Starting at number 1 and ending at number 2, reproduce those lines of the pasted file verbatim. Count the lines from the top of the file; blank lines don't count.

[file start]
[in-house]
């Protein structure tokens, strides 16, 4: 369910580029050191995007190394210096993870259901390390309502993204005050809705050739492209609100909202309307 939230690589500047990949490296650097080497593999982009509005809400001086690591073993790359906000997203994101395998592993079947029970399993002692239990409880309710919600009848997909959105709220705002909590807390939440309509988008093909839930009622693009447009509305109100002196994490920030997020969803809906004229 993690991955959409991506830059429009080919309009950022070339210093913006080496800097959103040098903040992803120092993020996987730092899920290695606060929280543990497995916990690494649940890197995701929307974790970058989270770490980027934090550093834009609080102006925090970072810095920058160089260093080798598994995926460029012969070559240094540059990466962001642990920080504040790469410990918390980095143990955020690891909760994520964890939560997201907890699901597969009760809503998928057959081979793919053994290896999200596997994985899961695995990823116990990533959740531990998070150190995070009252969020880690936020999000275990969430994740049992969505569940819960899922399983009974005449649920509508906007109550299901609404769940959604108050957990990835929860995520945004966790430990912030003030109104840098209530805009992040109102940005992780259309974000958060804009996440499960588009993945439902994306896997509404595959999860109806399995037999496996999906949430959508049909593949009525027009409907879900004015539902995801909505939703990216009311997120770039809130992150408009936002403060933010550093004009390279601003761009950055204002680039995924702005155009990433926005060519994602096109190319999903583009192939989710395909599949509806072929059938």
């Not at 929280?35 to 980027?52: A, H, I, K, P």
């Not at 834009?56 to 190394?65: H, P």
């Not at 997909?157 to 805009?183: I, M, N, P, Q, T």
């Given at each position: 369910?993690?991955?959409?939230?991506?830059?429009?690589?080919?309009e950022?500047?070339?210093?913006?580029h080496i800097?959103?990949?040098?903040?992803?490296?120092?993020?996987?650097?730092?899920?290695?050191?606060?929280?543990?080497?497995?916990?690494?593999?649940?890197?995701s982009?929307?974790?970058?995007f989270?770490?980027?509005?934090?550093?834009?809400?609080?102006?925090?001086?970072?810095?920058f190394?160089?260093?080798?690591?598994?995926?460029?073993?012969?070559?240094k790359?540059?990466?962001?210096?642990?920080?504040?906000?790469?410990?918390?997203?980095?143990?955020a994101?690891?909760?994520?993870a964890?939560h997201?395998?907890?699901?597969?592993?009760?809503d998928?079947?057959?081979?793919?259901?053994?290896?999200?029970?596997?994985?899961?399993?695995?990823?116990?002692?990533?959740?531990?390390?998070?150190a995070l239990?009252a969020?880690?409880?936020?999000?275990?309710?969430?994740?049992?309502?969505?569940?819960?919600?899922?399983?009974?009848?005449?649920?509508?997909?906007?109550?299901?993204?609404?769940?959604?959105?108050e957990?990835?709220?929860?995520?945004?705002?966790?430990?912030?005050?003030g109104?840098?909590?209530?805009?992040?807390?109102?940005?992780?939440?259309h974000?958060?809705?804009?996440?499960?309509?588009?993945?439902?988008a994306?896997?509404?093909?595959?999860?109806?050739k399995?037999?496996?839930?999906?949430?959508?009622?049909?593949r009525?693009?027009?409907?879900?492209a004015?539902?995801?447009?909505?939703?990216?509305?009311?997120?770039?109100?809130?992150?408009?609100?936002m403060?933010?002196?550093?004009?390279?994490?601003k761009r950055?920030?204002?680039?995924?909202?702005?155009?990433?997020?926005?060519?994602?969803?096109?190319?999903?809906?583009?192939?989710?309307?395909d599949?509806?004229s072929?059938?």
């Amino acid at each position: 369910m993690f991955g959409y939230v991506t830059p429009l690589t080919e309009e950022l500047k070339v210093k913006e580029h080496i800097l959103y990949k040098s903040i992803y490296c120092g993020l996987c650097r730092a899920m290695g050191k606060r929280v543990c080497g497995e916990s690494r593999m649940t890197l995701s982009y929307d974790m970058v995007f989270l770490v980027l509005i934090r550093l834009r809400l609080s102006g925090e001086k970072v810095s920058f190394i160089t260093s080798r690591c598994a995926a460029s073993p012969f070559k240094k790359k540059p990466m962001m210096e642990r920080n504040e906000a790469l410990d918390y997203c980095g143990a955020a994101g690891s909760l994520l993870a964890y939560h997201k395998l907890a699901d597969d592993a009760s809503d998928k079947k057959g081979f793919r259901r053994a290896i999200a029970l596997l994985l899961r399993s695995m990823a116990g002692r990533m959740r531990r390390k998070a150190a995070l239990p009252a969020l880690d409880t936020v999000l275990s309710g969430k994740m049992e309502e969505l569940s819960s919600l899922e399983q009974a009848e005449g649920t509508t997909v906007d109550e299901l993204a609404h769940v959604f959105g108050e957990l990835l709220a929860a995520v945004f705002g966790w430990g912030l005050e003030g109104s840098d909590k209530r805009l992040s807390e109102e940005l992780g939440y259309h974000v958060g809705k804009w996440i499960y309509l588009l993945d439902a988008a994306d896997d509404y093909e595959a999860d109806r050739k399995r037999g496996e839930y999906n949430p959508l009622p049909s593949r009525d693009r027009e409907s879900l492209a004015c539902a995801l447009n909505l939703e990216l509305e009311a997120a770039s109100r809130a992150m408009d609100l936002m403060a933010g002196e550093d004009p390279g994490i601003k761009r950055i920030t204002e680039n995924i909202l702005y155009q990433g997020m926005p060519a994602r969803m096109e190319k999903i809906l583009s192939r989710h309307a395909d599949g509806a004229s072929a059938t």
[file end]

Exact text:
[in-house]
């Protein structure tokens, strides 16, 4: 369910580029050191995007190394210096993870259901390390309502993204005050809705050739492209609100909202309307 939230690589500047990949490296650097080497593999982009509005809400001086690591073993790359906000997203994101395998592993079947029970399993002692239990409880309710919600009848997909959105709220705002909590807390939440309509988008093909839930009622693009447009509305109100002196994490920030997020969803809906004229 993690991955959409991506830059429009080919309009950022070339210093913006080496800097959103040098903040992803120092993020996987730092899920290695606060929280543990497995916990690494649940890197995701929307974790970058989270770490980027934090550093834009609080102006925090970072810095920058160089260093080798598994995926460029012969070559240094540059990466962001642990920080504040790469410990918390980095143990955020690891909760994520964890939560997201907890699901597969009760809503998928057959081979793919053994290896999200596997994985899961695995990823116990990533959740531990998070150190995070009252969020880690936020999000275990969430994740049992969505569940819960899922399983009974005449649920509508906007109550299901609404769940959604108050957990990835929860995520945004966790430990912030003030109104840098209530805009992040109102940005992780259309974000958060804009996440499960588009993945439902994306896997509404595959999860109806399995037999496996999906949430959508049909593949009525027009409907879900004015539902995801909505939703990216009311997120770039809130992150408009936002403060933010550093004009390279601003761009950055204002680039995924702005155009990433926005060519994602096109190319999903583009192939989710395909599949509806072929059938």